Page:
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RE: The change from claims to credentials.

From: Michael Herman (Trusted Digital Web) <mwherman@parallelspace.net>
Date: Tue, 10 Aug 2021 12:44:10 +0000
To: "Michael Herman (Trusted Digital Web)" <mwherman@parallelspace.net>, Bob Wyman <bob@wyman.us>, Daniel Burnett <daniel.burnett@entethalliance.org>
CC: Snorre Lothar von Gohren Edwin <snorre@diwala.io>, Credentials CG <public-credentials@w3.org>
Message-ID: <MWHPR1301MB2094536CCCF5C1705423DA0BC3F79@MWHPR1301MB2094.namprd13.prod.outlook.com>
Bob, you can find a video narration of the preceding explanation here:

https://github.com/w3c/vc-data-model/pull/788#issuecomment-895941701


Michael

From: Michael Herman (Trusted Digital Web) <mwherman@parallelspace.net>
Sent: August 9, 2021 2:27 PM
To: Bob Wyman <bob@wyman.us>; Daniel Burnett <daniel.burnett@entethalliance.org>
Cc: Snorre Lothar von Gohren Edwin <snorre@diwala.io>; Credentials CG <public-credentials@w3.org>
Subject: RE: The change from claims to credentials.

From a Developer's point of view, here’s what is used in the Trusted Digital Web project …paraphrasing…
(Reference: https://github.com/mwherman2000/TrustedDigitalWeb/blob/master/TDW.Servers/TDW.TRACommon/TRACommon.tsl#L51)


  1.  A Name-Value Pair is a named value (e.g. color=”red”)
  2.  A Claim is a single Name-Value Pair (e.g. color=”red”)
  3.  A Credential is a list of Claims possibly including some additional Credential metadata (e.g. a credential id (possibly represented as a DID), a schema context, subject id, credential type, etc.)
(https://github.com/mwherman2000/TrustedDigitalWeb/blob/master/TDW.Servers/TDW.TRACommon/TRACommon.tsl#L72)
  4.  A Verifiable Credential is a Credential that also includes an additional cryptographic proof element to help verify the authenticity of the Credential data (Credential Claims and Credential metadata).

Here’s a simple Credential (with credential id "id": "did:colors:primarycolors") containing a single Claim named colors whose value is an array of color names.

{
    "@context": [
      "https://www.w3.org/2018/credentials/v1",
      "https://www.w3.org/2018/credentials/examples/v1"
    ],
    "id": "did:colors:primarycolors",
    "type": ["VerifiableCredential", "ColorPalette"],
    "credentialSubject": {
      "colors": [
          “red”,
          “green”,
          “blue”
      ]
    },
    "proof": { ... }
  }
}


Best regards,
Michael Herman
Far Left Self-Sovereignist

Self-Sovereign Blockchain Architect
Trusted Digital Web
Hyperonomy Digital Identity Lab
Parallelspace Corporation

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From: Bob Wyman <bob@wyman.us<mailto:bob@wyman.us>>
Sent: August 9, 2021 12:20 PM
To: Daniel Burnett <daniel.burnett@entethalliance.org<mailto:daniel.burnett@entethalliance.org>>
Cc: Snorre Lothar von Gohren Edwin <snorre@diwala.io<mailto:snorre@diwala.io>>; Credentials CG <public-credentials@w3.org<mailto:public-credentials@w3.org>>
Subject: Re: The change from claims to credentials.

Dan,
Thanks for the historical context. However, a few questions remain for at least one person trying to catch up on the group's history:

  *   How are "claims" and "credentials" distinguished? (Examples would be useful.)
  *   If they differ, is it still reasonable to use the workproduct of CCG to represent and exchange at least some non-credential claims?
  *   Will the use of CCG workproduct to express and exchange claims require a reduction in either the semantic richness of claims or the facility to exchange them?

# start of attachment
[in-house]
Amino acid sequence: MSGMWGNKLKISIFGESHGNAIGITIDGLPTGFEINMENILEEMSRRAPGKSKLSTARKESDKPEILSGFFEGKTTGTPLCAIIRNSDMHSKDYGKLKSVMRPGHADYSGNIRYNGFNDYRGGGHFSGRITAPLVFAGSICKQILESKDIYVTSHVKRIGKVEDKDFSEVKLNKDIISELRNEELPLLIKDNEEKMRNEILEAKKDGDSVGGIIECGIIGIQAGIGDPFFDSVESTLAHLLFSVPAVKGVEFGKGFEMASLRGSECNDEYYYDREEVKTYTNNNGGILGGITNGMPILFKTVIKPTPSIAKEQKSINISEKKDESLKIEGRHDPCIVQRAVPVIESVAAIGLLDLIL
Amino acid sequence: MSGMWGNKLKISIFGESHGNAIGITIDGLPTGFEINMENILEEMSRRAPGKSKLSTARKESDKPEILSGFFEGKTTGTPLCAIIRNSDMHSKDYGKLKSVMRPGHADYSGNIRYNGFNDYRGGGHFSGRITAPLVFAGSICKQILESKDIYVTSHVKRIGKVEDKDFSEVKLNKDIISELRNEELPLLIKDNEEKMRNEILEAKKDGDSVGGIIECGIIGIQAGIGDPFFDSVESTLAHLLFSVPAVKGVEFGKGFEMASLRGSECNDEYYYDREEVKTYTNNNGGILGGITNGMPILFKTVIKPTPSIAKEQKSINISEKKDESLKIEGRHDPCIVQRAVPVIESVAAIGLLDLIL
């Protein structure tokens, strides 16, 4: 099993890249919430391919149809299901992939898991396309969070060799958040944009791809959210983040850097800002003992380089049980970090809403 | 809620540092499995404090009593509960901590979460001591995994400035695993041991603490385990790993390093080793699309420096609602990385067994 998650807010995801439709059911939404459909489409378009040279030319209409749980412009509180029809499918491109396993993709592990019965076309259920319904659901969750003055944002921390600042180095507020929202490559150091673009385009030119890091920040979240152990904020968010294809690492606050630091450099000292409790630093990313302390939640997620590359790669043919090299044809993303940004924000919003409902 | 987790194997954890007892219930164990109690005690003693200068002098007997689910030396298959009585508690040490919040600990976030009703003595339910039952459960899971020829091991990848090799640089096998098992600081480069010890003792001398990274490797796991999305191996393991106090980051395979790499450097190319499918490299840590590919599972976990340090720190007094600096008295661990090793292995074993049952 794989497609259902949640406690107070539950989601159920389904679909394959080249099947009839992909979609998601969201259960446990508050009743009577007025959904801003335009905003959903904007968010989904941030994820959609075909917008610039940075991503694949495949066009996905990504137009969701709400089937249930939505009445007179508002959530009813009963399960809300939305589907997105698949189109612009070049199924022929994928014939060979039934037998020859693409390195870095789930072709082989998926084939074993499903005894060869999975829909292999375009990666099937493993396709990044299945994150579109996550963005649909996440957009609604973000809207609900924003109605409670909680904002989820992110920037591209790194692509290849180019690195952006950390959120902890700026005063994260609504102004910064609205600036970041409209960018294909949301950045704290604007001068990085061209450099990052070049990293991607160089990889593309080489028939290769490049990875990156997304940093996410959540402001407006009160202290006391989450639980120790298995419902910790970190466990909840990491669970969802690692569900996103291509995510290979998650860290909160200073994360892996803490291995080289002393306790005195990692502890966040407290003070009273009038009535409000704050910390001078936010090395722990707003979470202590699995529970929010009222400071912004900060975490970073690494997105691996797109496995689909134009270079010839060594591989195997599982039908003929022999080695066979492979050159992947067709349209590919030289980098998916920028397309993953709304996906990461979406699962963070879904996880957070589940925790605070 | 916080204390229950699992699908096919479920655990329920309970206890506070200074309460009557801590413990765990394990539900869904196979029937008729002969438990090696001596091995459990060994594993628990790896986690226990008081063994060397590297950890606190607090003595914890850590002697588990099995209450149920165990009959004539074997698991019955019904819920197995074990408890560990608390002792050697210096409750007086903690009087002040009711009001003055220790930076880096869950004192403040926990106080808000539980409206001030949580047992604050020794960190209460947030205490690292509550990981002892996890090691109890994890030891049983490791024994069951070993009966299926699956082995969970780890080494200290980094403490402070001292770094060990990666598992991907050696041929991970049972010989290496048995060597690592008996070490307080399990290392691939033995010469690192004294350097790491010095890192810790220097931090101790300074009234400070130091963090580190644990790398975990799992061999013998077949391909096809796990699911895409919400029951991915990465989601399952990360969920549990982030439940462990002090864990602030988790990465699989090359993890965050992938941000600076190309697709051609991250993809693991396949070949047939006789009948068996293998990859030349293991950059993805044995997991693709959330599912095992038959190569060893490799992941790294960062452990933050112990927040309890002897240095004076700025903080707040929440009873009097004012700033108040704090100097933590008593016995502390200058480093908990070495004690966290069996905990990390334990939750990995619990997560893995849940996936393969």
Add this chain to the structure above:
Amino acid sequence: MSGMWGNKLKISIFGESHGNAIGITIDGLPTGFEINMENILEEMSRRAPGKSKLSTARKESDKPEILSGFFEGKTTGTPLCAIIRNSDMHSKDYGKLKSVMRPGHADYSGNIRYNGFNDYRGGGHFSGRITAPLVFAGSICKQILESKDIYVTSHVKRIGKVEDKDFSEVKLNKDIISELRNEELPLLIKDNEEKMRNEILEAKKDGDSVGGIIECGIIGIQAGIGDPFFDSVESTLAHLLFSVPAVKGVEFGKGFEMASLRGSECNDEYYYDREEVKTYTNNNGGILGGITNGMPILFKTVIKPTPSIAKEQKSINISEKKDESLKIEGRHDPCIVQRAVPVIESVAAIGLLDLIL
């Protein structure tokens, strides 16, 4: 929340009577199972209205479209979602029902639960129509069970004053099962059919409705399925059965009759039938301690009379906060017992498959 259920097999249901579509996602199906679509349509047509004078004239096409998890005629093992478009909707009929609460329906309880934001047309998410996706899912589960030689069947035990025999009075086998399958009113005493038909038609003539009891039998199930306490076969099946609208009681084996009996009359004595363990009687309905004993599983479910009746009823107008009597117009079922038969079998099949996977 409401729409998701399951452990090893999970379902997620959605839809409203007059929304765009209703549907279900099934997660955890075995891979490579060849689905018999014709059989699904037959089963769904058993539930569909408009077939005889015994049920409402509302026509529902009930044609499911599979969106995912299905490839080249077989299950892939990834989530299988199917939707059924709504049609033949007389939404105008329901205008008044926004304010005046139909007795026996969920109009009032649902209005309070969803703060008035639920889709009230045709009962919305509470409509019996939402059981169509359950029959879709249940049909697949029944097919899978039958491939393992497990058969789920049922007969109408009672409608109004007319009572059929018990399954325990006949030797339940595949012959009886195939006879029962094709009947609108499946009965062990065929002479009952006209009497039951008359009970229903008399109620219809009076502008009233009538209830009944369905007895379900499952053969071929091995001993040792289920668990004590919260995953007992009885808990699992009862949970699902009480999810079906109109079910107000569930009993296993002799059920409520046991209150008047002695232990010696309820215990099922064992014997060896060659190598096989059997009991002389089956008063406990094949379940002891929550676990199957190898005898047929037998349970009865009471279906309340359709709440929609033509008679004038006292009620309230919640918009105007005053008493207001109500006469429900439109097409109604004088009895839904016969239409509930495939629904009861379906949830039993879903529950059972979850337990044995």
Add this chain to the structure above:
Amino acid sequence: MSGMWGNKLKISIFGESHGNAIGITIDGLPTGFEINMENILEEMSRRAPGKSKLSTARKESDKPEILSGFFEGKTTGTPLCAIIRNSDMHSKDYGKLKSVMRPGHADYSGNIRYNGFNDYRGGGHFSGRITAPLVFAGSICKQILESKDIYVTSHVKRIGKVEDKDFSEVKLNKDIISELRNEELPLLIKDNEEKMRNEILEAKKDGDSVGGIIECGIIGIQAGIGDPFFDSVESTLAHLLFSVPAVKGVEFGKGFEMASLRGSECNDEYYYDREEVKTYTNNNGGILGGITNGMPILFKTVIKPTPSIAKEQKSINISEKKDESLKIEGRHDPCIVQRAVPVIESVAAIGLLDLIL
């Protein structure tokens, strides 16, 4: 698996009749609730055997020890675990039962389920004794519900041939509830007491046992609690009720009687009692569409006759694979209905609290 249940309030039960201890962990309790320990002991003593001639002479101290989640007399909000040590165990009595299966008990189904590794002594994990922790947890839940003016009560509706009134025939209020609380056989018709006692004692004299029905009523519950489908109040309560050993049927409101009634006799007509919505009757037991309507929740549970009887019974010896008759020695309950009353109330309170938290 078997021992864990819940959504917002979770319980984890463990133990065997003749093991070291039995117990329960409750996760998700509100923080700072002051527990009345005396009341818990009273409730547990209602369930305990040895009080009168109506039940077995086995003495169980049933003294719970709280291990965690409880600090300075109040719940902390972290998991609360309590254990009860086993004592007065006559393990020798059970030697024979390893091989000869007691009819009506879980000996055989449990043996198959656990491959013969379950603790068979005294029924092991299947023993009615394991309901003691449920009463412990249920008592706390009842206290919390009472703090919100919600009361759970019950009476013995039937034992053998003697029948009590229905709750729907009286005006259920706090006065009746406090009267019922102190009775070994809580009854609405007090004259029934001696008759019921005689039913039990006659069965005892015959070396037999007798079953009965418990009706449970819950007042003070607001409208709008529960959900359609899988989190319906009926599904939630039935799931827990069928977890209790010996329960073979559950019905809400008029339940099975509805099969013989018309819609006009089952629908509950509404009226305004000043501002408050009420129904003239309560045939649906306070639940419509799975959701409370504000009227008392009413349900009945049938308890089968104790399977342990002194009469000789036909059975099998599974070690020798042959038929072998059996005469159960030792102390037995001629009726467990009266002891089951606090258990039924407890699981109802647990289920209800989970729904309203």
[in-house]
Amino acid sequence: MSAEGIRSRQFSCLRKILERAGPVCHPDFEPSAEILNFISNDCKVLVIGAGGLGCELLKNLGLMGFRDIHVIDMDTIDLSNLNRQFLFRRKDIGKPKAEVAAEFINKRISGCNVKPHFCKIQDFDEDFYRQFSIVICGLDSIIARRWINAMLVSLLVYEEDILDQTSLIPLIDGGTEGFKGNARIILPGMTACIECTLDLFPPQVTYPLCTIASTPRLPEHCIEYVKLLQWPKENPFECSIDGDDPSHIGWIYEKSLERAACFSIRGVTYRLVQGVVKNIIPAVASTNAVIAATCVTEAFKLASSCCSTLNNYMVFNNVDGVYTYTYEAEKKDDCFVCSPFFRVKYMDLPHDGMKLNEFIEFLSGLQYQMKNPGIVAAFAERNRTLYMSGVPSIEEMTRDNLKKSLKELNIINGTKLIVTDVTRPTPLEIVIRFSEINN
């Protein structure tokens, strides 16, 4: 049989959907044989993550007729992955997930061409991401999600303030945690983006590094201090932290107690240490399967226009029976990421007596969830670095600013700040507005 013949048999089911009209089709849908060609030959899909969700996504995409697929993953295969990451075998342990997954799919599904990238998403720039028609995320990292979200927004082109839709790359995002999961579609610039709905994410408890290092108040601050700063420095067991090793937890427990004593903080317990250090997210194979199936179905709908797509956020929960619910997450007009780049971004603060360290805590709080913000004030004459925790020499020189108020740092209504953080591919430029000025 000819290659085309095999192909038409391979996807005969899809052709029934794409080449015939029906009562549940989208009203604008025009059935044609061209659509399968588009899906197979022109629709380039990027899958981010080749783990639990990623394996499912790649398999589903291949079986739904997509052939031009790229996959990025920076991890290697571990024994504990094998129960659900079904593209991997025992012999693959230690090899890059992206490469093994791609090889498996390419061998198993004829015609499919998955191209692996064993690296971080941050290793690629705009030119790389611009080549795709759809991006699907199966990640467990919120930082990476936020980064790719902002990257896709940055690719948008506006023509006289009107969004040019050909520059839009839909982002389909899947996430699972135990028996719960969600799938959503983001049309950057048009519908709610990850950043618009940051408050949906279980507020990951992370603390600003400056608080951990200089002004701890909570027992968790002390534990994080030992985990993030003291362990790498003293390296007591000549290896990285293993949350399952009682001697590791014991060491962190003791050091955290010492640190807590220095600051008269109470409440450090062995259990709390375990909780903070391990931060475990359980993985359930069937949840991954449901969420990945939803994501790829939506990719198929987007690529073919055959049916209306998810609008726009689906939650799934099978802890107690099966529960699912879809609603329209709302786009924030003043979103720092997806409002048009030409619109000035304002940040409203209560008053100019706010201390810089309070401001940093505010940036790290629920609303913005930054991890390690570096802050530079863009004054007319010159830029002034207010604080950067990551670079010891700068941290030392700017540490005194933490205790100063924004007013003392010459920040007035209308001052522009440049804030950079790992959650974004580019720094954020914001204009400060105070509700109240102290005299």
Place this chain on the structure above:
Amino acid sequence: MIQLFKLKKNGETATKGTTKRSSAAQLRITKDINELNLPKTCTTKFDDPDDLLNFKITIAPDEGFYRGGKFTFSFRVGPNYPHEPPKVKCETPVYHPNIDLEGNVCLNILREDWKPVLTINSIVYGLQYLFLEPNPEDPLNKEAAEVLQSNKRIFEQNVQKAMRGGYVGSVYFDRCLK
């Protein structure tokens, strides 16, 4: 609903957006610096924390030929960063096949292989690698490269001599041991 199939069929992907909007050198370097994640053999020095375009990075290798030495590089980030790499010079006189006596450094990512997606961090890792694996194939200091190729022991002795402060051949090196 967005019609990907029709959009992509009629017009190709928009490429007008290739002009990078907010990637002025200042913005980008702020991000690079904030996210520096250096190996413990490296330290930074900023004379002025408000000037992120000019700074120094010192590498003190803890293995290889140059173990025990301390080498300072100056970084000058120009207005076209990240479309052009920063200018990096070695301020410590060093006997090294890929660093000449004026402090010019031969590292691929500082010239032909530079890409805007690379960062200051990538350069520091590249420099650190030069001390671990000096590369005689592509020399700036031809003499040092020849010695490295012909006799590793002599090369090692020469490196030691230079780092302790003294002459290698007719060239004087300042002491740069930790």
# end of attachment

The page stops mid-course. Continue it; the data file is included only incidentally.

*   If CCG workproduct provides only limited support for claims, what is missing?
  *   If there are missing things, is there any known group currently addressing the problem of making claims that are not credentials?
  *   If such a group exists, should it seek to ensure compatibility with CCG workproduct? (If so, what is most important to agree on?)
bob wyman


On Mon, Aug 9, 2021 at 1:44 PM Daniel Burnett <daniel.burnett@entethalliance.org<mailto:daniel.burnett@entethalliance.org>> wrote:
I can speak to this, having been heavily involved when it occurred.  The original VC work that spun out of CCG used the term "Verifiable Credential", because Credential is indeed the word with the most accurate connotations for what the work was about, as evidenced by many broad surveys and discussions.
Unfortunately, at the time a number of the security folks at W3C objected to the word, claiming that "Credential" meant Username/Password.  In order to move the work forward we changed the name to Verifiable Claims.  That name persisted through the VCWG chartering process.  By the time the group started its work, those in the security space at W3C who had initially objected to the use of "Credential" had learned enough about the work to understand why that term was, indeed, correct.  We then changed the spec title as rapidly as we could and worked hard to only use "Verifiable Credentials" from then on.

So if you ever hear anyone use the incorrect term, please correct them to "Verifiable Credentials".

-- dan

________________________________
From: Snorre Lothar von Gohren Edwin <snorre@diwala.io<mailto:snorre@diwala.io>>
Sent: Monday, August 9, 2021 7:38 AM
To: Credentials CG <public-credentials@w3.org<mailto:public-credentials@w3.org>>
Subject: The change from claims to credentials.

Hi! I just wonder and want to confirm

In early days there was a lot of talk about verifiable claims. But it was a switch over to focus more on verifiable credentials.

Do anyone have a briefe paragraph on the history of this focus change?

--
Snorre Lothar von Gohren Edwin
Co-Founder & CTO, Diwala
+47 411 611 94
www.diwala.io<http://www.diwala.io/>

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Received on Tuesday, 10 August 2021 12:44:27 UTC

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